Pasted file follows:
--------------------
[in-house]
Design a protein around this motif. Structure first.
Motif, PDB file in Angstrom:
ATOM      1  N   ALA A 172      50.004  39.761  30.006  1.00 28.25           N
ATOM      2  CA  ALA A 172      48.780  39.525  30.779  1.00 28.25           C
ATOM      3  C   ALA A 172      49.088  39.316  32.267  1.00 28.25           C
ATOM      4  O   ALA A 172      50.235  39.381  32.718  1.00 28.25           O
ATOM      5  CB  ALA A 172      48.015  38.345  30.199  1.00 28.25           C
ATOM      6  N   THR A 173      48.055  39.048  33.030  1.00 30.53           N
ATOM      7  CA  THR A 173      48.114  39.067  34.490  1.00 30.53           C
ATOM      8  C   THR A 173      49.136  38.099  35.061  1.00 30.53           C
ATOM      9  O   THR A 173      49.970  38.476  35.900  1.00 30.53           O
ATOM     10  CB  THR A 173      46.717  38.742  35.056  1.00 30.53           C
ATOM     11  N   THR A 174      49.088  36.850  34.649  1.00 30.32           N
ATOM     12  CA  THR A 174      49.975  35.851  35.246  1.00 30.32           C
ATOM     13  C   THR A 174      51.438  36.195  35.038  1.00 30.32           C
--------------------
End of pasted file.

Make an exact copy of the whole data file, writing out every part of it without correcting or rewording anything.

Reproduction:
[in-house]
Design a protein around this motif. Structure first.
Motif, PDB file in Angstrom:
ATOM      1  N   ALA A 172      50.004  39.761  30.006  1.00 28.25           N
ATOM      2  CA  ALA A 172      48.780  39.525  30.779  1.00 28.25           C
ATOM      3  C   ALA A 172      49.088  39.316  32.267  1.00 28.25           C
ATOM      4  O   ALA A 172      50.235  39.381  32.718  1.00 28.25           O
ATOM      5  CB  ALA A 172      48.015  38.345  30.199  1.00 28.25           C
ATOM      6  N   THR A 173      48.055  39.048  33.030  1.00 30.53           N
ATOM      7  CA  THR A 173      48.114  39.067  34.490  1.00 30.53           C
ATOM      8  C   THR A 173      49.136  38.099  35.061  1.00 30.53           C
ATOM      9  O   THR A 173      49.970  38.476  35.900  1.00 30.53           O
ATOM     10  CB  THR A 173      46.717  38.742  35.056  1.00 30.53           C
ATOM     11  N   THR A 174      49.088  36.850  34.649  1.00 30.32           N
ATOM     12  CA  THR A 174      49.975  35.851  35.246  1.00 30.32           C
ATOM     13  C   THR A 174      51.438  36.195  35.038  1.00 30.32           C